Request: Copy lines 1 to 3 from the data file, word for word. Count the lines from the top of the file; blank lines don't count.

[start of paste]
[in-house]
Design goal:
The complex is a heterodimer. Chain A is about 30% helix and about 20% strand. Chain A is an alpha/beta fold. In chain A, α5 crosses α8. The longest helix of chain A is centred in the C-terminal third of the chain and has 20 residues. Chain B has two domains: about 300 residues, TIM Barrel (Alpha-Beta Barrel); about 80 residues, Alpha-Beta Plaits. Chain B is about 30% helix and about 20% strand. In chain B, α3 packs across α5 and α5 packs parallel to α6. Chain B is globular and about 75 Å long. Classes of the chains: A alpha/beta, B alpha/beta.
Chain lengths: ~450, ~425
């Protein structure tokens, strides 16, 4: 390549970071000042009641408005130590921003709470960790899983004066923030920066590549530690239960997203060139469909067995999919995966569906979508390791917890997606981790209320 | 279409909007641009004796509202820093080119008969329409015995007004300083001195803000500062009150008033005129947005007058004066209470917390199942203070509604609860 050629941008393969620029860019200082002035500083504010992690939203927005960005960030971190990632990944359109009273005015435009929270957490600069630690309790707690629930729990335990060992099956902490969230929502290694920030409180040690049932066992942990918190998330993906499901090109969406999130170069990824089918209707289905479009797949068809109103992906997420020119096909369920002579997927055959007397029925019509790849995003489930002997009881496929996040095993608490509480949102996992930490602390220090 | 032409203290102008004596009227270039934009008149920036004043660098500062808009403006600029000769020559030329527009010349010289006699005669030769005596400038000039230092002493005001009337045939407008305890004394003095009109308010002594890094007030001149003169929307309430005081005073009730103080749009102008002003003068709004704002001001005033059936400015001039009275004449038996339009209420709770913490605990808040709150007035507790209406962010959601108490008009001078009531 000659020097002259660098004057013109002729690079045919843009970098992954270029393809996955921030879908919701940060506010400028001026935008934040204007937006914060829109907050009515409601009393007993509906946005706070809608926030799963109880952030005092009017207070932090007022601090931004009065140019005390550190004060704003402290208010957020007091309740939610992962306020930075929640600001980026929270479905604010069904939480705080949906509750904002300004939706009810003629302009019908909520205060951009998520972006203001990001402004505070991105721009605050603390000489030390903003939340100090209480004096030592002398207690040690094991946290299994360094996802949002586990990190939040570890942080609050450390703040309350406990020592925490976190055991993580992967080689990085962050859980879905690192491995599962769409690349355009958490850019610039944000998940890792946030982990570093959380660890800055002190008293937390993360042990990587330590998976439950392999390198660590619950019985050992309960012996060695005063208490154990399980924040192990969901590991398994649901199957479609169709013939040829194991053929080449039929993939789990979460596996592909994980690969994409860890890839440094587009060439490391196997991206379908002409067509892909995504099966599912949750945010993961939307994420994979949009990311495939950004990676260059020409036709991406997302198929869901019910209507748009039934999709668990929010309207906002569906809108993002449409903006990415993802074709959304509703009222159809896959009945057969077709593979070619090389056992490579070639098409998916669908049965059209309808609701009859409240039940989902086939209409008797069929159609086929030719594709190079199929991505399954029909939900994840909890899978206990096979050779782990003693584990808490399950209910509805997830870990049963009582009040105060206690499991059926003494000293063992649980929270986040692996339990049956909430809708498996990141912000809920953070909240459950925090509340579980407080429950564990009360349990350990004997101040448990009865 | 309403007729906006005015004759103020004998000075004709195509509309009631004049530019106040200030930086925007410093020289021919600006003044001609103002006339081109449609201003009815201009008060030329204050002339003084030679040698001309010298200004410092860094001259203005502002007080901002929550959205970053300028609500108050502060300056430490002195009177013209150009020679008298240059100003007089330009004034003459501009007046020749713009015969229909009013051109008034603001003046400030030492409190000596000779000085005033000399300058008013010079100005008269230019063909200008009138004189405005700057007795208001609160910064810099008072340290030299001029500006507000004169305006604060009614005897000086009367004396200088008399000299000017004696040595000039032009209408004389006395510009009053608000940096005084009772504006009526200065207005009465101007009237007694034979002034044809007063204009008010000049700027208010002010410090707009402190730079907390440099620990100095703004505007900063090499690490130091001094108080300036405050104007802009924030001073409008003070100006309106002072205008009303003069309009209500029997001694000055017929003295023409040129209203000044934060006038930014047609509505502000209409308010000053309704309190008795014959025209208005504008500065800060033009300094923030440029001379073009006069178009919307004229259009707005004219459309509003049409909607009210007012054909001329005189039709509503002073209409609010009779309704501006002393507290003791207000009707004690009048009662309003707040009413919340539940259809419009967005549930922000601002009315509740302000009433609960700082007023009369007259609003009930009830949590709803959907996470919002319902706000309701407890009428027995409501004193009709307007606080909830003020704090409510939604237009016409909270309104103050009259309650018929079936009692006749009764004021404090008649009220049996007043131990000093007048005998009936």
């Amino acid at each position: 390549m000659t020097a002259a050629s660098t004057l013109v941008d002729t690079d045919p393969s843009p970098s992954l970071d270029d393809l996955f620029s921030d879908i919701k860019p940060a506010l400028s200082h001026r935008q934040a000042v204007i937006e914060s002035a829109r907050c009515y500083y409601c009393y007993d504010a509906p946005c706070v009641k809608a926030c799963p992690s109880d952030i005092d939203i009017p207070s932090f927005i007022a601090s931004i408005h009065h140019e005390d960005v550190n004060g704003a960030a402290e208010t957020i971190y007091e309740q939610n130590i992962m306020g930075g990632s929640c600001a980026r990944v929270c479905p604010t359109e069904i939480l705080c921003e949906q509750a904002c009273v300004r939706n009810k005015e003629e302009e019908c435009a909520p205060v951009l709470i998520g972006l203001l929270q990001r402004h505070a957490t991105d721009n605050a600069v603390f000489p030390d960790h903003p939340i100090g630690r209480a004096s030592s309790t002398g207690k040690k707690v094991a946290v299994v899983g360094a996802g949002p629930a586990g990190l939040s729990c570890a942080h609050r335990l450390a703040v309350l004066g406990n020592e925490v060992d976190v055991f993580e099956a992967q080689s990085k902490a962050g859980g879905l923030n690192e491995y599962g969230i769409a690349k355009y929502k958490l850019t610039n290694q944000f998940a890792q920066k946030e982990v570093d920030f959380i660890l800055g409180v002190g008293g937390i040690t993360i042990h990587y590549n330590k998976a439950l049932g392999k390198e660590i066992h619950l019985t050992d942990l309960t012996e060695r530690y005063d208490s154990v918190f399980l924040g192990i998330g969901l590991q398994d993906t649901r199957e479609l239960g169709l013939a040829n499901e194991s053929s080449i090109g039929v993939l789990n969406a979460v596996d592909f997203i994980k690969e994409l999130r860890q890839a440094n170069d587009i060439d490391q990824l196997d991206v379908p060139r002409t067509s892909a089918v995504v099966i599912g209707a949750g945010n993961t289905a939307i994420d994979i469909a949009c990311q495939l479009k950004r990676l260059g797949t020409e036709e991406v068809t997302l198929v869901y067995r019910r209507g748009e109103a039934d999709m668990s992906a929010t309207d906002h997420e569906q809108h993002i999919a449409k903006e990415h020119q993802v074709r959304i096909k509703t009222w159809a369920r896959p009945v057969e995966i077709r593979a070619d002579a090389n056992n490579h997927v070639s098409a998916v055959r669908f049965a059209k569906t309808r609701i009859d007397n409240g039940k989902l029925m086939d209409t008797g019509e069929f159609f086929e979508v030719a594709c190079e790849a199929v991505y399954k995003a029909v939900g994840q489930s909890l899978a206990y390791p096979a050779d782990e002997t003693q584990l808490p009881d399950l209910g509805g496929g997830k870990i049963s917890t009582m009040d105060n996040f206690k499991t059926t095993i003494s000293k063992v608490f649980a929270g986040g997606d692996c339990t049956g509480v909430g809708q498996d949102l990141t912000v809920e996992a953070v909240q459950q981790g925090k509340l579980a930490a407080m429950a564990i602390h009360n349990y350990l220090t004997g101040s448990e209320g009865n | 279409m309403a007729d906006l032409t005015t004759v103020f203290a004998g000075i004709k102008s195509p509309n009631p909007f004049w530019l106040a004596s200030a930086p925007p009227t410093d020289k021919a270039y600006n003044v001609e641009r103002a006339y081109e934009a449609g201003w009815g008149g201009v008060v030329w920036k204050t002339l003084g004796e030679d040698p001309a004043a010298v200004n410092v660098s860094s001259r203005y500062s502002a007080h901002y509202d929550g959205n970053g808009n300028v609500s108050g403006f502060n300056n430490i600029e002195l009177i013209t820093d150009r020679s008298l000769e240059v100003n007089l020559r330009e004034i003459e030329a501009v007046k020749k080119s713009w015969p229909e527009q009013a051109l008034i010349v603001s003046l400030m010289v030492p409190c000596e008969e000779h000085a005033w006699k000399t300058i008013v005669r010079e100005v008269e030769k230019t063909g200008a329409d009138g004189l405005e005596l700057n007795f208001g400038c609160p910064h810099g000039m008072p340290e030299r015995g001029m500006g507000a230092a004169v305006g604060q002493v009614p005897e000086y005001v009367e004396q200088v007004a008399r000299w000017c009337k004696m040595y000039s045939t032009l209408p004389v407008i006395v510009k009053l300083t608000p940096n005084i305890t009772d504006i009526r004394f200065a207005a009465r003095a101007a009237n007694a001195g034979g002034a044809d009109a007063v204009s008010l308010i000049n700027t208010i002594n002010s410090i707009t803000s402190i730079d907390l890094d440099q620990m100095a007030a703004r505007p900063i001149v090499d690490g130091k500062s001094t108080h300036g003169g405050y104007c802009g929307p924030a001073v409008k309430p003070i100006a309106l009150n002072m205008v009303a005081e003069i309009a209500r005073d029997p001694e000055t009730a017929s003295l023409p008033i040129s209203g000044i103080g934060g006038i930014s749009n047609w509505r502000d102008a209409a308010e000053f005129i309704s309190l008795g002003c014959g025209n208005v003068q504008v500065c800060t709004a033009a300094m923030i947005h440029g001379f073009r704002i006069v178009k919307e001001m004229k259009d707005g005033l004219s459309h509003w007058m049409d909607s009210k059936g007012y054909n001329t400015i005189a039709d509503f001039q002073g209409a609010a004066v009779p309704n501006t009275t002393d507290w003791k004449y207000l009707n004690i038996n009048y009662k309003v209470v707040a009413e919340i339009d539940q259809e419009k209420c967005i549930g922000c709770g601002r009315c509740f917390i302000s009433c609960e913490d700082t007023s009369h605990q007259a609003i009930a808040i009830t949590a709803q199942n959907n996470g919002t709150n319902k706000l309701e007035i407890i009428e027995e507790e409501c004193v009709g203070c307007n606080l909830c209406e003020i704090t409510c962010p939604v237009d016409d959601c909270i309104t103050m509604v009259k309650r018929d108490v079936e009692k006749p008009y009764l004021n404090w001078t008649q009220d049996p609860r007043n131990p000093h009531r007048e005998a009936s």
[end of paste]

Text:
[in-house]
Design goal:
The complex is a heterodimer. Chain A is about 30% helix and about 20% strand. Chain A is an alpha/beta fold. In chain A, α5 crosses α8. The longest helix of chain A is centred in the C-terminal third of the chain and has 20 residues. Chain B has two domains: about 300 residues, TIM Barrel (Alpha-Beta Barrel); about 80 residues, Alpha-Beta Plaits. Chain B is about 30% helix and about 20% strand. In chain B, α3 packs across α5 and α5 packs parallel to α6. Chain B is globular and about 75 Å long. Classes of the chains: A alpha/beta, B alpha/beta.